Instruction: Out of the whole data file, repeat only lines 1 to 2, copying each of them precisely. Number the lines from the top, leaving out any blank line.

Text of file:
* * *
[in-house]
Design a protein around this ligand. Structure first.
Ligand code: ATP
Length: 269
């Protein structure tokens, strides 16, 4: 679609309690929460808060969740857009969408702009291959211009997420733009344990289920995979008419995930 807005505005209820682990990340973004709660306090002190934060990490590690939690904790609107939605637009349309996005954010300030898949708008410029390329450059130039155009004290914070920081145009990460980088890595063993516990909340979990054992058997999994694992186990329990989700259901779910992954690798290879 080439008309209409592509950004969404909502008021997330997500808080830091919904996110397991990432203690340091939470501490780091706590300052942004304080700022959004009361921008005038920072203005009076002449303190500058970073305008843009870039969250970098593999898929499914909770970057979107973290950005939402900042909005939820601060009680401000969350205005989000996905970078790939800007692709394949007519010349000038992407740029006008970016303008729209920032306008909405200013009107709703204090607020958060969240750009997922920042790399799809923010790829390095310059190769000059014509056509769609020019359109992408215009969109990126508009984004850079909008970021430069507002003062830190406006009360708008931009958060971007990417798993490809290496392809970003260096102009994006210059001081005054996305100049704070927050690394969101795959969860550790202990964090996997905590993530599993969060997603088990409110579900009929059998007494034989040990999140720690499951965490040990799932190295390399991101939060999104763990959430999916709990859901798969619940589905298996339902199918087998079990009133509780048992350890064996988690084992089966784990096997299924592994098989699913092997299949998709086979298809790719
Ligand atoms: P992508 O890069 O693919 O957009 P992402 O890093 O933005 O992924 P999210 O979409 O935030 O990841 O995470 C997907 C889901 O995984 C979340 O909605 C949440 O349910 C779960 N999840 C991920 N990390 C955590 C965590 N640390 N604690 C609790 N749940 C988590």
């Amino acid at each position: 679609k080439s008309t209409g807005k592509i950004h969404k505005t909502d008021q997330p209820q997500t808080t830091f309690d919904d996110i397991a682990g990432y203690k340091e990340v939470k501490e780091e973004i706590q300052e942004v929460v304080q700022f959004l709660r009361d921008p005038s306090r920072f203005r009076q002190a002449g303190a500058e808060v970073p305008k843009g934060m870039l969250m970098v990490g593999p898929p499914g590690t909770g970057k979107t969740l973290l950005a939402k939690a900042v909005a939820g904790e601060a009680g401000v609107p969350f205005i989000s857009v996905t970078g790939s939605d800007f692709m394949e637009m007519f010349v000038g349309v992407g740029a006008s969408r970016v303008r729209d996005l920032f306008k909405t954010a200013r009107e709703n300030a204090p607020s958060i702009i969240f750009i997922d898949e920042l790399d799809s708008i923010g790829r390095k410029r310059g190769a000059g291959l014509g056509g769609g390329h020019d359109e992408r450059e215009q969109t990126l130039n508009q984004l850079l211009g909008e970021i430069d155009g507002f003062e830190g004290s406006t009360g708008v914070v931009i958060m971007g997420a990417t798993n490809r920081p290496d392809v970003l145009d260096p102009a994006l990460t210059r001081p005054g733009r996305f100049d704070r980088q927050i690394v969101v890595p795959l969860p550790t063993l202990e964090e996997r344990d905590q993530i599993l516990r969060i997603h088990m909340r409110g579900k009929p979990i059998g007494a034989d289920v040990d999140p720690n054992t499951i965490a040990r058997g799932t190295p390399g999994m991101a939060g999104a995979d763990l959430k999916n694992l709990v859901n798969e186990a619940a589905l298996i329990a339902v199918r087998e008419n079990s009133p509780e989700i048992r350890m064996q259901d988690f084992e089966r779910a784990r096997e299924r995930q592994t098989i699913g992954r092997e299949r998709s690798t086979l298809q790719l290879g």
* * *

[in-house]
Design a protein around this ligand. Structure first.